The provided code is functional but still a work in progress. Feel free to make improvements and share.

Don't forget to have fun!

### Attachments

Grand Prize in the
Sensors Contest 2016

First Prize in the
Robotics Contest 2016

## Recommendations

152 23K
86 6.3K
29 4.7K
194 17K

• ### For the Home Contest

About 4 wires resistive touch screen . They are bunch of it . So what is the standard for choosing touch screen ? Then do I need to connect it through a touch screen driver ? Help please :'<

Hey,
Firstly, I would like to congratulate you for doing such an amazing job! well, i have a question, how can you control 3 motors while you are getting only x & y in feedbacks ?
Thank you!

Thank you! The motors are coupled through the use of some trig to allow the X/Y feedback to control sets of motors achieving X/Y motion.

So you did not use inverse kinematics to get the motor angles? because you have only x & y coordinates as feedback!

The motor angles are not directly solved for, just a relative amount of angle change needed to influence the x/y position of the ball.

Thank you for sharing this project. It's really an inspiration. I'm trying to wrap my head around this problem specifically. I think its awesome that you just take a stab with some trig to figure out an approximation and let the PID do the rest. I was wondering if that would work, and its cool to find out it did. Could you provide a little more clarification on "some trig". Are you converting cartesian to polar at all? Or just using some formula to go from ball_X/ball_Y -> target_X/target_Y?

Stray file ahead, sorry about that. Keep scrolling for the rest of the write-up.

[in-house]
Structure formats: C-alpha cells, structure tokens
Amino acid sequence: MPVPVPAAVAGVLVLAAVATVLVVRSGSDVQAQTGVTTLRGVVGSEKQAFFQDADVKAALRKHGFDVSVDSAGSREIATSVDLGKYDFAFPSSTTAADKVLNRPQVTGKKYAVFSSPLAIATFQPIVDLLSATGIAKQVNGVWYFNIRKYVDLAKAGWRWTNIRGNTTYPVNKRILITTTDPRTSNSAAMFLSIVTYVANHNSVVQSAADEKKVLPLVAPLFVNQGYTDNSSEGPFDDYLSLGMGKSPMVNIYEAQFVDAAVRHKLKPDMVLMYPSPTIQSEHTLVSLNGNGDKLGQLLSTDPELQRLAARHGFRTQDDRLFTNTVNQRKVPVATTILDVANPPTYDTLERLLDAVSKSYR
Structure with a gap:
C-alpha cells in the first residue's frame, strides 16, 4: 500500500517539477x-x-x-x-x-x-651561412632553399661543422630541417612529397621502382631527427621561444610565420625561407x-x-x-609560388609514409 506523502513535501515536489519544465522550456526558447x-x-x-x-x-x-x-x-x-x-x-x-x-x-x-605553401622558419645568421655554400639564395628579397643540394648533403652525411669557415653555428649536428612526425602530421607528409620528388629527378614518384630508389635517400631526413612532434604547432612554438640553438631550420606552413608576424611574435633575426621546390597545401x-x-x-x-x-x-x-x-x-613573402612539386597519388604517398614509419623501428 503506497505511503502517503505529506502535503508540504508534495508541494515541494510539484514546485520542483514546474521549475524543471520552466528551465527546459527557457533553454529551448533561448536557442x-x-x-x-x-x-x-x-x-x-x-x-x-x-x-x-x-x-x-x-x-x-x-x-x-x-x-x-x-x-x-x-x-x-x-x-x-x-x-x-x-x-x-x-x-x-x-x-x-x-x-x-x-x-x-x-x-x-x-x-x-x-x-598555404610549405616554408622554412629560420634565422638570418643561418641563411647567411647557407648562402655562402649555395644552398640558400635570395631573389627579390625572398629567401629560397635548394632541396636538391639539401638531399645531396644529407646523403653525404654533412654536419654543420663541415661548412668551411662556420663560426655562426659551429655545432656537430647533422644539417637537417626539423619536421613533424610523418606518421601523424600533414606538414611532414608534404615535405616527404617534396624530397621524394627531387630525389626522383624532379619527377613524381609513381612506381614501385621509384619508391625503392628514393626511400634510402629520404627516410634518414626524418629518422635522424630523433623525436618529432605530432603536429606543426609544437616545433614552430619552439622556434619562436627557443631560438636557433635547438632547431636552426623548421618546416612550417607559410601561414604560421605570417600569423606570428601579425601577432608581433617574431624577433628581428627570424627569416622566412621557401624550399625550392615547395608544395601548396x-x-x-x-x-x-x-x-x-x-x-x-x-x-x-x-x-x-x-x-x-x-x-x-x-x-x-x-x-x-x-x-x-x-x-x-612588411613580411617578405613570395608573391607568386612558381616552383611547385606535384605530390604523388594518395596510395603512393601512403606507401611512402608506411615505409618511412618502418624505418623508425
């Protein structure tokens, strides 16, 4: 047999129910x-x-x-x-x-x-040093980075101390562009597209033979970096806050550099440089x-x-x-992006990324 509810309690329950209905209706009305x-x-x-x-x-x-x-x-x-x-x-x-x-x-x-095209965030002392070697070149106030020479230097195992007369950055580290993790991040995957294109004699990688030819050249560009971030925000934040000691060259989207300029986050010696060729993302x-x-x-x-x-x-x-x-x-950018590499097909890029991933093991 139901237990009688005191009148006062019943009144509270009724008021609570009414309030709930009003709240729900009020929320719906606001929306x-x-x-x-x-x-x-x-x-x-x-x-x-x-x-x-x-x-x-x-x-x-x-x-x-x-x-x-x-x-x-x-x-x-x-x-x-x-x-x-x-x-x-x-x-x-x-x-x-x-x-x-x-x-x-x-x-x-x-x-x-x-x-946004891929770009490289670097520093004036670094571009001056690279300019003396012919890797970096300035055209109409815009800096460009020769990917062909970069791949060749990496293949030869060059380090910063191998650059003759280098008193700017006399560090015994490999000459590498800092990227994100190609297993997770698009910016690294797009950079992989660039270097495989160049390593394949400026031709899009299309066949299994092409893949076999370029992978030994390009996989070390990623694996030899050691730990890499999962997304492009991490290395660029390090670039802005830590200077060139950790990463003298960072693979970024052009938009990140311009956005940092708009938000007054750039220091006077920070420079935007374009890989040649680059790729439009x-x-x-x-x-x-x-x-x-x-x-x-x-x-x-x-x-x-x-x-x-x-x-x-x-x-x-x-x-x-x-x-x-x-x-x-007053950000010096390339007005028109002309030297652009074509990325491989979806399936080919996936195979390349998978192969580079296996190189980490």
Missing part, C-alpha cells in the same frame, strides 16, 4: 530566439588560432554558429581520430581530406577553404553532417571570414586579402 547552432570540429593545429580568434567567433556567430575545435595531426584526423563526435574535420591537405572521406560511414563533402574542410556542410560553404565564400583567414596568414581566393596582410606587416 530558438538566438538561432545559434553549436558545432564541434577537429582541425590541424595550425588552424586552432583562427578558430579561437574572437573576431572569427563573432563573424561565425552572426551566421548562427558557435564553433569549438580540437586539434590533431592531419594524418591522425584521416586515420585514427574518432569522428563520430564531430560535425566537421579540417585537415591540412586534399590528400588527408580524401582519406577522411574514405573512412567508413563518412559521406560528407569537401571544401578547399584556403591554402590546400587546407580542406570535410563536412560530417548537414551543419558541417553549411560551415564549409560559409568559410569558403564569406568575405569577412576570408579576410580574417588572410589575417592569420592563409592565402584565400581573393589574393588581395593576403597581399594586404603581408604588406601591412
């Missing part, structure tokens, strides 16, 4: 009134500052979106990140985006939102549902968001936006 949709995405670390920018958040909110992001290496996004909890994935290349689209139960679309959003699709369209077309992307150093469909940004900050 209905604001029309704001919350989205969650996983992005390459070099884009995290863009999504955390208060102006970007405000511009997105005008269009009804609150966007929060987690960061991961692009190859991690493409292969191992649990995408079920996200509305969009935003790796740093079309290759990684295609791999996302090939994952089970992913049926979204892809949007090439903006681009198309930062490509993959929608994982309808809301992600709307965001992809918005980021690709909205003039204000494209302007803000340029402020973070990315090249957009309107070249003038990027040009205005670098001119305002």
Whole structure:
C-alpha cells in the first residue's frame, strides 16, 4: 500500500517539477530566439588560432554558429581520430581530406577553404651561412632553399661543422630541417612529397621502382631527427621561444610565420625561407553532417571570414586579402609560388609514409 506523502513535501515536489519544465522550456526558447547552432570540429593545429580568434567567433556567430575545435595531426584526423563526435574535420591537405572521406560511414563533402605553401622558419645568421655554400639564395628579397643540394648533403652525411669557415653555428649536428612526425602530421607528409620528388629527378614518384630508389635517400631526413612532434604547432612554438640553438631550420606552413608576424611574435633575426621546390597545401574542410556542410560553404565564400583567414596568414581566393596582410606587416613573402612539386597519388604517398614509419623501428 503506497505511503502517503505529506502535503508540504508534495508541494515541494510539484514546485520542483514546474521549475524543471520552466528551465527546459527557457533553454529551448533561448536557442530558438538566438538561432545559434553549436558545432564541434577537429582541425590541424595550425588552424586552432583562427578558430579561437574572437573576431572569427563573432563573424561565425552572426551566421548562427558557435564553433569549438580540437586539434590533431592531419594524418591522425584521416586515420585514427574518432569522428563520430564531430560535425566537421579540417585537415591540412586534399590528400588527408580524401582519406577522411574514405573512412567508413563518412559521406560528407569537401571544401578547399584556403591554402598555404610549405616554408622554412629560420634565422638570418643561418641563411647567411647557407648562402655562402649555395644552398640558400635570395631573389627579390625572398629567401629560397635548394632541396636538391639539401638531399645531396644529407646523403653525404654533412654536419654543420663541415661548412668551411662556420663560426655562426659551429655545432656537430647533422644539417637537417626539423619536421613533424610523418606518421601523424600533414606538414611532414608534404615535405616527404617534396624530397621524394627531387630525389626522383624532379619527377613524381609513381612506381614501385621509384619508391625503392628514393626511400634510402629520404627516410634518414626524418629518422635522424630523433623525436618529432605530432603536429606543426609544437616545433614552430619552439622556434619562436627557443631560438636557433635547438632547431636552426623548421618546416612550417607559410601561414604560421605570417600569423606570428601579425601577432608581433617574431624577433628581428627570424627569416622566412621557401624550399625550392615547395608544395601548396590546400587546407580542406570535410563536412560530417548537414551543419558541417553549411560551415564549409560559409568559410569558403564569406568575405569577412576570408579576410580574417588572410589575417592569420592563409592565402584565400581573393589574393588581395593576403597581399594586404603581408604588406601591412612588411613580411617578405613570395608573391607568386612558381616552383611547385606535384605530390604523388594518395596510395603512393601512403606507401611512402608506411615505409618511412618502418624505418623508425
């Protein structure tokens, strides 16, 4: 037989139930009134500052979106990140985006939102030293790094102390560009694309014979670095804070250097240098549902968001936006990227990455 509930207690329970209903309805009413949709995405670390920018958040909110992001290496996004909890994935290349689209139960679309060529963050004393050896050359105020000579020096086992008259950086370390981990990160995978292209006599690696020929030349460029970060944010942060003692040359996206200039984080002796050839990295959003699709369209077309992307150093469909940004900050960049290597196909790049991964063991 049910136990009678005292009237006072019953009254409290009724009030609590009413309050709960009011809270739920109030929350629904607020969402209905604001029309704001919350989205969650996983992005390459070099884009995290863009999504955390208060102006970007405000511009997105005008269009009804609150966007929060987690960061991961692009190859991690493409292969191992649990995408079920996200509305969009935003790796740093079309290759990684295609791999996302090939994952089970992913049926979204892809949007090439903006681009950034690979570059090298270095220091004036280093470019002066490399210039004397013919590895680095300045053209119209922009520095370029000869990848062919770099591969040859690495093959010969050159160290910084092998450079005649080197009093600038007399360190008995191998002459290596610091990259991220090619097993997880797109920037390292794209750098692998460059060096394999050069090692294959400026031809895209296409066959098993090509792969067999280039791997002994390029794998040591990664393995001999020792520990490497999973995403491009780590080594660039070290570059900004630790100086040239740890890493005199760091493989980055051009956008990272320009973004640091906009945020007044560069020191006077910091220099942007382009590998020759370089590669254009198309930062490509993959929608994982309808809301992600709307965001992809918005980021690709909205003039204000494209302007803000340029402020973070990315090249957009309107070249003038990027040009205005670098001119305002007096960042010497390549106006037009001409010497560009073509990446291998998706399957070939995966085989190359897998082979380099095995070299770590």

It's been an awesome project! I have it running quite well. I was able to follow instructions well enough to make it work, and I'd like to add a feature but I don't know how. To use an I2C 2 line LCD, to show the serial monitor info so you don't need a computer, would be icing on the cake! When you want to change something with the quad knob, you need to use the serial monitor and a computer. An I2C display would be perfect. Thanks to all!

Hello, it's a great project.
could you please explain how to determine values for sin_LUT and cos_LUT and the equation on void ball_patterns_and_display()

Thank you! sin_LUT and cos_LUT are sine and cosine lookup tables that are found using something like 127*sine(x/255*2*PI), 127*cosine(x/255*2*PI) where x goes from 0,1,2,...254,255 so you get 256 values. Using a lookup table is much faster than doing the math in real-time.

The equations in ball_patterns_and_display() are primarily trig parametric equations that use the lookup tables and are steped through using the counter variable pattern_counter.

maybe that 's why the reasons needed to calibrate analog out put from the screen using this function Serial.print(measured_x_pos).....